The most difficult opponent was the wind

Barbara Heal (Hookey) described how in 1925 General Jack Seely gave a piece of land in front of Hanover House for a tennis court for village use. It was prepared and marked out by one of the gardeners of Brooke House and balls and racquets were provided free of charge. Tennis became very popular amongst the young people of the village, especially when holiday makers in the summer used to come and play as well.

Several old racquets and balls were kept in Hanover House for anyone who felt they would like a game and hadn’t brought their racquets with them and young Barbara made the most of this: I began playing when I was ten years old with one of the old racquets provided. However, the Rev. C. Shaw, thinking I had some skill, bought me a new racquet and I was able to improve my game. There was one big drawback – the wind. The tennis court was in a very exposed position and it was often too stormy to play. Unfortunately, in the early 1930s the road, which was gated at this point, was widened, and part of the tennis court had to go. We were then given a piece of lawn in front of Brook House. It was very sheltered there. The Seely family had already gone to Mottistone Manor to live. We spent many happy hours playing tennis in lovely surroundings until war came in 1939, and tennis had to end when troops were billeted in Brooke House.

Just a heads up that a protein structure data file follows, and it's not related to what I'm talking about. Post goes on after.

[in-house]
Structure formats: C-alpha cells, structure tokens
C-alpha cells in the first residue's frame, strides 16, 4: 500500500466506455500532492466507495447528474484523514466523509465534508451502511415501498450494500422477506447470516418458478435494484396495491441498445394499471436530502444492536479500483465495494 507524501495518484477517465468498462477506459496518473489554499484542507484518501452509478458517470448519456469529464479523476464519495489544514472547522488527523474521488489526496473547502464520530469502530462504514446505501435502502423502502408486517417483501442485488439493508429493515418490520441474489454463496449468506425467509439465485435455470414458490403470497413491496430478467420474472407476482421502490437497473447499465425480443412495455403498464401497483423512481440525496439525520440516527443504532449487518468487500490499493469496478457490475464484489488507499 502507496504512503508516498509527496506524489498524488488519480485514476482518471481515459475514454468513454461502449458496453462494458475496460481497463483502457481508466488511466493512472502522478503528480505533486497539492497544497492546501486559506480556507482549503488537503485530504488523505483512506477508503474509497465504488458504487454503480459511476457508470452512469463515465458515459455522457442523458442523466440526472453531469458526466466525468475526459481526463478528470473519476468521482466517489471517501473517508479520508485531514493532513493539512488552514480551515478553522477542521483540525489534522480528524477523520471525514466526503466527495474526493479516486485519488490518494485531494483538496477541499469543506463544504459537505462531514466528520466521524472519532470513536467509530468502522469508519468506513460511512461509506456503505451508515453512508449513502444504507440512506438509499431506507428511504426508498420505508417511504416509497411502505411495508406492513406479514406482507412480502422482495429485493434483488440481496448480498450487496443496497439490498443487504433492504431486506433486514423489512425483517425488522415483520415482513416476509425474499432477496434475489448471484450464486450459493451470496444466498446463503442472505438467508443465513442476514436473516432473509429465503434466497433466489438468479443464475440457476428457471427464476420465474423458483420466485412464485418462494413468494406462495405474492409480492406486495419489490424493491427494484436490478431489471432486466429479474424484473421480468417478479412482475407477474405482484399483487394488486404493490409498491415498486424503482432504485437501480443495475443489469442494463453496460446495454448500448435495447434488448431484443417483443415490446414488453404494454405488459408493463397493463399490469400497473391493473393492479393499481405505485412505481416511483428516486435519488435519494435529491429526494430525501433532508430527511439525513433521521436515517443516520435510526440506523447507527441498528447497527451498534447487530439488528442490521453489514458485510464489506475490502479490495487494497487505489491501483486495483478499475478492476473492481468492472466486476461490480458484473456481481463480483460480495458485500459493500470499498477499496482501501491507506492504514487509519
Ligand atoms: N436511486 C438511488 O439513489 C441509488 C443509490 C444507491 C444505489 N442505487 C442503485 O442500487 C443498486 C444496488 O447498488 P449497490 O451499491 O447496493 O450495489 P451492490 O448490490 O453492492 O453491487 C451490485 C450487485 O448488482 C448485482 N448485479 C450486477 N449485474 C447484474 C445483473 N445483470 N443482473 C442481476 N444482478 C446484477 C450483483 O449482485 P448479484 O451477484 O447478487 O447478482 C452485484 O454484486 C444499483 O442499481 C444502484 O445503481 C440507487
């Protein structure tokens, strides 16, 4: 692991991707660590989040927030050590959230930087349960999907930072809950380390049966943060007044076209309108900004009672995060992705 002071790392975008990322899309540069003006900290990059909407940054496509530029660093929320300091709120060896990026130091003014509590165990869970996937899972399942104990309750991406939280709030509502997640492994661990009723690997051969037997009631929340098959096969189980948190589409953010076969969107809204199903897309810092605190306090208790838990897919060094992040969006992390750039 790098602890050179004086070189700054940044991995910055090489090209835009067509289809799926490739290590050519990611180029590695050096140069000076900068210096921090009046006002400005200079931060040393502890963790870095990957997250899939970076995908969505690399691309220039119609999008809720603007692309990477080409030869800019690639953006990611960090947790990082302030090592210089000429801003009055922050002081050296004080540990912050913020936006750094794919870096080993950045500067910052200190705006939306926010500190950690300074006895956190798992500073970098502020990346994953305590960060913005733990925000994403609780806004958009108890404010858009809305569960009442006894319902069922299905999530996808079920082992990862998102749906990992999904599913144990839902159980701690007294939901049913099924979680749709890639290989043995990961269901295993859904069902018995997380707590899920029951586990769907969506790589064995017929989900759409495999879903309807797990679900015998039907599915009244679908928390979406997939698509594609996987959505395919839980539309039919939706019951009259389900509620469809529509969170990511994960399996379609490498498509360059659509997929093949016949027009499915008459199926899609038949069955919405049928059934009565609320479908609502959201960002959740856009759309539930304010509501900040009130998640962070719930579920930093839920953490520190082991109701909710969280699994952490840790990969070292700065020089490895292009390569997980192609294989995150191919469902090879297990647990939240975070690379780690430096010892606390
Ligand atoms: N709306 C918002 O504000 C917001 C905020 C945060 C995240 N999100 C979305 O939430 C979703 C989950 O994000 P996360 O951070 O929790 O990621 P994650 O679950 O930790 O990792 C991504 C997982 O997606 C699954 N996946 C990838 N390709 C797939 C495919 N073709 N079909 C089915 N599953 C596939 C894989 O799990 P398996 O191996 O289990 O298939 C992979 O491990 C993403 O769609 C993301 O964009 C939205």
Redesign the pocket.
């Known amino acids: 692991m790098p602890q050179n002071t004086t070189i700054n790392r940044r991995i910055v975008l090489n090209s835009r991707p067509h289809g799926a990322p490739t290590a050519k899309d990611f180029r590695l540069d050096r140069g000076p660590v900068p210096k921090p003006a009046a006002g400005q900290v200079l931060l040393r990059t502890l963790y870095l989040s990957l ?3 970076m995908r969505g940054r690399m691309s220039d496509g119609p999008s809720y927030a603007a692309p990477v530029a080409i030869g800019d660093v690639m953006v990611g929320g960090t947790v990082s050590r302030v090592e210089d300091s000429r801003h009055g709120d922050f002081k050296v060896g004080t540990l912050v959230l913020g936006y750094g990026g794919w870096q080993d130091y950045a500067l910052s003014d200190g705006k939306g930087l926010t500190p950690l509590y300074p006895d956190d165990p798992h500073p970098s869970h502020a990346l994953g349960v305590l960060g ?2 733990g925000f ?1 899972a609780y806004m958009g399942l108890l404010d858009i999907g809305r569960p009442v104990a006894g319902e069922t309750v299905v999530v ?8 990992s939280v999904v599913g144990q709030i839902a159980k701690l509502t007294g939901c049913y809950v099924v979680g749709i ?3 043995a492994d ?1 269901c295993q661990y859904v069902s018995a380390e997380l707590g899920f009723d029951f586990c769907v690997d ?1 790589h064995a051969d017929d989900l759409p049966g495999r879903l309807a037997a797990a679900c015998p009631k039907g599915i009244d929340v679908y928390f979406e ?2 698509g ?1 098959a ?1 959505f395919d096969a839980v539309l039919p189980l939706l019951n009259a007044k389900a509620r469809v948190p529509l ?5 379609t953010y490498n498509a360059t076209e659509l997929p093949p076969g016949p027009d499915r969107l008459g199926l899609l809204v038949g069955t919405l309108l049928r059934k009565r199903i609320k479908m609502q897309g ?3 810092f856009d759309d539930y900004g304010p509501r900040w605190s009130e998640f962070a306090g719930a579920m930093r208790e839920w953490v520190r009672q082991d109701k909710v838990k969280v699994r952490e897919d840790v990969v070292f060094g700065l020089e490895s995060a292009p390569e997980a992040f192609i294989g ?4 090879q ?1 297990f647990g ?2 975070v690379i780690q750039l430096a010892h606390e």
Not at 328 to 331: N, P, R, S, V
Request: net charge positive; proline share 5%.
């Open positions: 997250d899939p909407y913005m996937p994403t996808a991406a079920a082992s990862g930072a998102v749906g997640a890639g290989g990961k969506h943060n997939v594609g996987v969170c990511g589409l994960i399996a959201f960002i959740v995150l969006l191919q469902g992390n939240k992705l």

Return tennis match Brooke House

The Rev Pellew Gaze’s daughters were triumphant in the following tournament on October 5th 1889: 

 The return match in tennis tournament recently took place in the grounds of Brooke House, kindly placed at the disposal of the players by Mr Seely.  The contest was between Miss Gaze’s team and Mr Sydney Haigh’s team. In the first match 160 games were played, of which Miss Gaze’s team won 88 and Mr Haigh’s 72, and in the return encounter 110 games were played, Miss Gaze’s team winning 65, and Mr Haigh’s 45.